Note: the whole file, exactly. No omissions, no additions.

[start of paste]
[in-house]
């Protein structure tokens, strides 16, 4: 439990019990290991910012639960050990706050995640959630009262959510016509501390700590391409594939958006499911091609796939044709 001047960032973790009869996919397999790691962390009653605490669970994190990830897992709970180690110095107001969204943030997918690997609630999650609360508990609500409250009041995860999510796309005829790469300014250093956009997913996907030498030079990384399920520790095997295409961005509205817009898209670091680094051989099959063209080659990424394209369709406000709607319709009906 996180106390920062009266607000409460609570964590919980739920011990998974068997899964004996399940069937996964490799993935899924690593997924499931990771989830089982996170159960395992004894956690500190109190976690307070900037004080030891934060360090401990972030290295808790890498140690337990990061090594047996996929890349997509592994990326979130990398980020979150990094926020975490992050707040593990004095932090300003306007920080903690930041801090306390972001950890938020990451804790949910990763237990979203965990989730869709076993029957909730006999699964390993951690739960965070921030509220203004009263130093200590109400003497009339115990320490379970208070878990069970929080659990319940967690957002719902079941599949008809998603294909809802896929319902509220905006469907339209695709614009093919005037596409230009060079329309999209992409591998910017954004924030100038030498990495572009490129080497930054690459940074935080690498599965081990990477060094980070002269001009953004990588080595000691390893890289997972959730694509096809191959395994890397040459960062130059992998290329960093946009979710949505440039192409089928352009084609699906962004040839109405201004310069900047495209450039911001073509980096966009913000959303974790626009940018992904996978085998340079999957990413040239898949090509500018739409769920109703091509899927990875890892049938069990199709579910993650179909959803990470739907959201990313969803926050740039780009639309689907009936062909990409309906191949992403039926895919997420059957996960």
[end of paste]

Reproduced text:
[in-house]
């Protein structure tokens, strides 16, 4: 439990019990290991910012639960050990706050995640959630009262959510016509501390700590391409594939958006499911091609796939044709 001047960032973790009869996919397999790691962390009653605490669970994190990830897992709970180690110095107001969204943030997918690997609630999650609360508990609500409250009041995860999510796309005829790469300014250093956009997913996907030498030079990384399920520790095997295409961005509205817009898209670091680094051989099959063209080659990424394209369709406000709607319709009906 996180106390920062009266607000409460609570964590919980739920011990998974068997899964004996399940069937996964490799993935899924690593997924499931990771989830089982996170159960395992004894956690500190109190976690307070900037004080030891934060360090401990972030290295808790890498140690337990990061090594047996996929890349997509592994990326979130990398980020979150990094926020975490992050707040593990004095932090300003306007920080903690930041801090306390972001950890938020990451804790949910990763237990979203965990989730869709076993029957909730006999699964390993951690739960965070921030509220203004009263130093200590109400003497009339115990320490379970208070878990069970929080659990319940967690957002719902079941599949008809998603294909809802896929319902509220905006469907339209695709614009093919005037596409230009060079329309999209992409591998910017954004924030100038030498990495572009490129080497930054690459940074935080690498599965081990990477060094980070002269001009953004990588080595000691390893890289997972959730694509096809191959395994890397040459960062130059992998290329960093946009979710949505440039192409089928352009084609699906962004040839109405201004310069900047495209450039911001073509980096966009913000959303974790626009940018992904996978085998340079999957990413040239898949090509500018739409769920109703091509899927990875890892049938069990199709579910993650179909959803990470739907959201990313969803926050740039780009639309689907009936062909990409309906191949992403039926895919997420059957996960």